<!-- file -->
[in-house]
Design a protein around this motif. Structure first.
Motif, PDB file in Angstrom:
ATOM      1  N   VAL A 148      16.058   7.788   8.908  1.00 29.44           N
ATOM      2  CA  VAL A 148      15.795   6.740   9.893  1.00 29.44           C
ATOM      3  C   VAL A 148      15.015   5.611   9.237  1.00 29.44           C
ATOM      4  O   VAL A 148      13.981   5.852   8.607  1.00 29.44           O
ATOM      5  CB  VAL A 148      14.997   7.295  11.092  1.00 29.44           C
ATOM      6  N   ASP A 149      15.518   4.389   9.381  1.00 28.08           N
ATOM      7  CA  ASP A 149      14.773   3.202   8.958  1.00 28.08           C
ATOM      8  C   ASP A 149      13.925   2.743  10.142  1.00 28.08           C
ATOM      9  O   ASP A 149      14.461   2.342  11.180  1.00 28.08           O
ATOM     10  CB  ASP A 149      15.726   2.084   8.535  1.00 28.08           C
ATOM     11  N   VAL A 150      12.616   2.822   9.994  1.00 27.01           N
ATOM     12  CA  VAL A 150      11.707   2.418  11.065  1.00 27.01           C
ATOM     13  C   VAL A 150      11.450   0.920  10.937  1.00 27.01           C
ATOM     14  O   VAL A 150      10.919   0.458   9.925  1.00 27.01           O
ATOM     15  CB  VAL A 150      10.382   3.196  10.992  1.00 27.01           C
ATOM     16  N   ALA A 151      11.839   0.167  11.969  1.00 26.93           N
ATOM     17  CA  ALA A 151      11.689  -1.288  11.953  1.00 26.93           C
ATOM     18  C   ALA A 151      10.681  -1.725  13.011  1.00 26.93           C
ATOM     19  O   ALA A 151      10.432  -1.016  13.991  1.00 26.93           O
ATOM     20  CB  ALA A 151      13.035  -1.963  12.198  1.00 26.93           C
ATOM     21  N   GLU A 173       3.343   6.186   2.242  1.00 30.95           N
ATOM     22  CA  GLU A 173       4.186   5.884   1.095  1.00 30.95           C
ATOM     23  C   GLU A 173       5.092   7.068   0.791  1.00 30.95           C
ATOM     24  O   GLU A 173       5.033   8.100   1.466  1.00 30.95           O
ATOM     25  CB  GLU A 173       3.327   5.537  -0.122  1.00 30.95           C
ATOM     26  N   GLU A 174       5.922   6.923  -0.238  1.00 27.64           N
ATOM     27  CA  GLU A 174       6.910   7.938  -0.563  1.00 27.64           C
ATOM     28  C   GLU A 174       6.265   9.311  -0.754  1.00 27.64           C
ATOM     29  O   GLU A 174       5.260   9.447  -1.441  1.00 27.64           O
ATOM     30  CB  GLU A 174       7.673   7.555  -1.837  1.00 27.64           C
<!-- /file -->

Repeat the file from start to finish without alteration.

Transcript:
[in-house]
Design a protein around this motif. Structure first.
Motif, PDB file in Angstrom:
ATOM      1  N   VAL A 148      16.058   7.788   8.908  1.00 29.44           N
ATOM      2  CA  VAL A 148      15.795   6.740   9.893  1.00 29.44           C
ATOM      3  C   VAL A 148      15.015   5.611   9.237  1.00 29.44           C
ATOM      4  O   VAL A 148      13.981   5.852   8.607  1.00 29.44           O
ATOM      5  CB  VAL A 148      14.997   7.295  11.092  1.00 29.44           C
ATOM      6  N   ASP A 149      15.518   4.389   9.381  1.00 28.08           N
ATOM      7  CA  ASP A 149      14.773   3.202   8.958  1.00 28.08           C
ATOM      8  C   ASP A 149      13.925   2.743  10.142  1.00 28.08           C
ATOM      9  O   ASP A 149      14.461   2.342  11.180  1.00 28.08           O
ATOM     10  CB  ASP A 149      15.726   2.084   8.535  1.00 28.08           C
ATOM     11  N   VAL A 150      12.616   2.822   9.994  1.00 27.01           N
ATOM     12  CA  VAL A 150      11.707   2.418  11.065  1.00 27.01           C
ATOM     13  C   VAL A 150      11.450   0.920  10.937  1.00 27.01           C
ATOM     14  O   VAL A 150      10.919   0.458   9.925  1.00 27.01           O
ATOM     15  CB  VAL A 150      10.382   3.196  10.992  1.00 27.01           C
ATOM     16  N   ALA A 151      11.839   0.167  11.969  1.00 26.93           N
ATOM     17  CA  ALA A 151      11.689  -1.288  11.953  1.00 26.93           C
ATOM     18  C   ALA A 151      10.681  -1.725  13.011  1.00 26.93           C
ATOM     19  O   ALA A 151      10.432  -1.016  13.991  1.00 26.93           O
ATOM     20  CB  ALA A 151      13.035  -1.963  12.198  1.00 26.93           C
ATOM     21  N   GLU A 173       3.343   6.186   2.242  1.00 30.95           N
ATOM     22  CA  GLU A 173       4.186   5.884   1.095  1.00 30.95           C
ATOM     23  C   GLU A 173       5.092   7.068   0.791  1.00 30.95           C
ATOM     24  O   GLU A 173       5.033   8.100   1.466  1.00 30.95           O
ATOM     25  CB  GLU A 173       3.327   5.537  -0.122  1.00 30.95           C
ATOM     26  N   GLU A 174       5.922   6.923  -0.238  1.00 27.64           N
ATOM     27  CA  GLU A 174       6.910   7.938  -0.563  1.00 27.64           C
ATOM     28  C   GLU A 174       6.265   9.311  -0.754  1.00 27.64           C
ATOM     29  O   GLU A 174       5.260   9.447  -1.441  1.00 27.64           O
ATOM     30  CB  GLU A 174       7.673   7.555  -1.837  1.00 27.64           C